When Philip Doyle agreed to put his medical career on hold in order to focus on his Olympic preparation, he did so with more than a touch of reluctance.
The Irish rower is happy to buck the trend of most Olympic hopefuls by openly admitting to rarely being consumed by his sporting discipline.
Doyle, 27, has never hidden the fact that medicine is his first love. One that will form the basis of his professional life once he is content with his rowing achievements.
In 2018 he walked away from rowing for a period because of the impact it was having on his career as a doctor, but the allure of Tokyo 2020 was just enough to bring him back under the agreement that medicine would resume centre stage by the end of the Olympic year.
Such plans have now been blighted by the coronavirus pandemic which has seen the Olympics postponed until 2021.
For Doyle, the cards have fallen in such a way that medicine is now, without question, the priority.
“I was only on the phone last week begging for a job,” said Doyle, who started work on the general medicine ward of Newry’s Daisy Hill Hospital last Wednesday.
“The medicine was there long before the rowing was ever in my life, it’s always been my main number one driving force.
“I think I was a bit begrudging in the beginning, having to give all of me to the rowing so this break allows me to finish off my foundation year.”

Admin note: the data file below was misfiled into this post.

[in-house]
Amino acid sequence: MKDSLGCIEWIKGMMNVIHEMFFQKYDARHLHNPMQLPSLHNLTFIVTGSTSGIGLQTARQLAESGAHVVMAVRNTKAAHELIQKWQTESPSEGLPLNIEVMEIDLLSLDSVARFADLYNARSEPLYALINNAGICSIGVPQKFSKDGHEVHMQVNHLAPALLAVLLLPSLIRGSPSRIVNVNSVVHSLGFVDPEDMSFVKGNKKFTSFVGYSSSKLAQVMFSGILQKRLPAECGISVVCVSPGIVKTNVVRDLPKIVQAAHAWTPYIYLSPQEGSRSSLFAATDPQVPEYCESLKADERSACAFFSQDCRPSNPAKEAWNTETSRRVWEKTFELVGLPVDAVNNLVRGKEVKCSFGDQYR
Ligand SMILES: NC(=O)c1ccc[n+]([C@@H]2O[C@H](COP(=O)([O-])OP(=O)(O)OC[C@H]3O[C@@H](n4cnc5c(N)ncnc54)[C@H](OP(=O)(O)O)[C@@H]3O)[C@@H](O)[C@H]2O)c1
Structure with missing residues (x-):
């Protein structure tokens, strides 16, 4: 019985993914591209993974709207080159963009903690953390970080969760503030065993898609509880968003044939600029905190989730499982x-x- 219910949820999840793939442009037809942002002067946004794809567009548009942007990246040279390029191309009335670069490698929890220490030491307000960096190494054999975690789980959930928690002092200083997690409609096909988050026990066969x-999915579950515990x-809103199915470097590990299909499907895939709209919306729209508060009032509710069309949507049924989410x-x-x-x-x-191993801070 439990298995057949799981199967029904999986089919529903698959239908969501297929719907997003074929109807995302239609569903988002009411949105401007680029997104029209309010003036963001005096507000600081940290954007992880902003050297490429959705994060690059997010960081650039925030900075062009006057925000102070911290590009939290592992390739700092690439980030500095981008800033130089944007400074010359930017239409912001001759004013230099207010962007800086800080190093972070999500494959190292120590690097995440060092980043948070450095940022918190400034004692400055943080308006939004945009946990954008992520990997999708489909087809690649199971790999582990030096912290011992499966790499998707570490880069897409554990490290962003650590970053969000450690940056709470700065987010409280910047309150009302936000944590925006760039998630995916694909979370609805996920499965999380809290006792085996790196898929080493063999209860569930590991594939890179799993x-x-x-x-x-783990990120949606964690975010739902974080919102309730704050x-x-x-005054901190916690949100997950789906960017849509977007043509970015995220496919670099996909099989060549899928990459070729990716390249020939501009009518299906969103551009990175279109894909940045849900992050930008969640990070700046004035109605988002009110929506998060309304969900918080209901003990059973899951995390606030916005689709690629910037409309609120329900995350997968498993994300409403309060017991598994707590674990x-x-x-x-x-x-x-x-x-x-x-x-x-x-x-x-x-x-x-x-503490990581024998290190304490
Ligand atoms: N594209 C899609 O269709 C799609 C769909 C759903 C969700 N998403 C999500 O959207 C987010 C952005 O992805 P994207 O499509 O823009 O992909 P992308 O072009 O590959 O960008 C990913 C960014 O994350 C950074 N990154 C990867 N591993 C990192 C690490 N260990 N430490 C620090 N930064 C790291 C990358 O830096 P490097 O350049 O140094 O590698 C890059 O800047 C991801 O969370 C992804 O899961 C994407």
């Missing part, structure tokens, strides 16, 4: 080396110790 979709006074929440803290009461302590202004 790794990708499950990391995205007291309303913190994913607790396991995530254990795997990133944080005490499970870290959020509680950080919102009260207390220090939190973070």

It is a change of pace in every aspect, with Doyle now back in his family home having spent much of his time training in Cork prior to the news of the Olympic postponement.
The utility room and the garage have been transformed into a “dirty room”, where Doyle can change his clothes and wash upon returning from a shift before stepping inside the house, in order to minimise the risk of spreading Covid-19.
‘I have to see through my Olympic ambition’
It is not even two weeks since the Olympic postponement was announced, and already life in training camp feels something of a distant memory.
It is not, however, a permanent state of affairs and even for Doyle, for whom circumstance has accelerated a long-held desire to prioritise his medical career, there is unfinished business that must be attended to.
“I have to see this through,” says Doyle, who secured Olympic qualification with double sculls partner Ronan Byrne at last year’s World Cup, in which they secured a silver medal.
“Myself and Ronan have put ourselves into a position where we can really fight for a medal.
“I’ve said it to myself so many times that I’m a medal contender and I want to prove that right and prove that we can bring a medal back.
“When I first quit my job to qualify for the Olympics I was going for the T-shirt -for the experience.
“But once we started performing and producing results, all I want is an Olympic medal and to bring that home.
“So I have to see this one through first at least and then we’ll see about the next one.”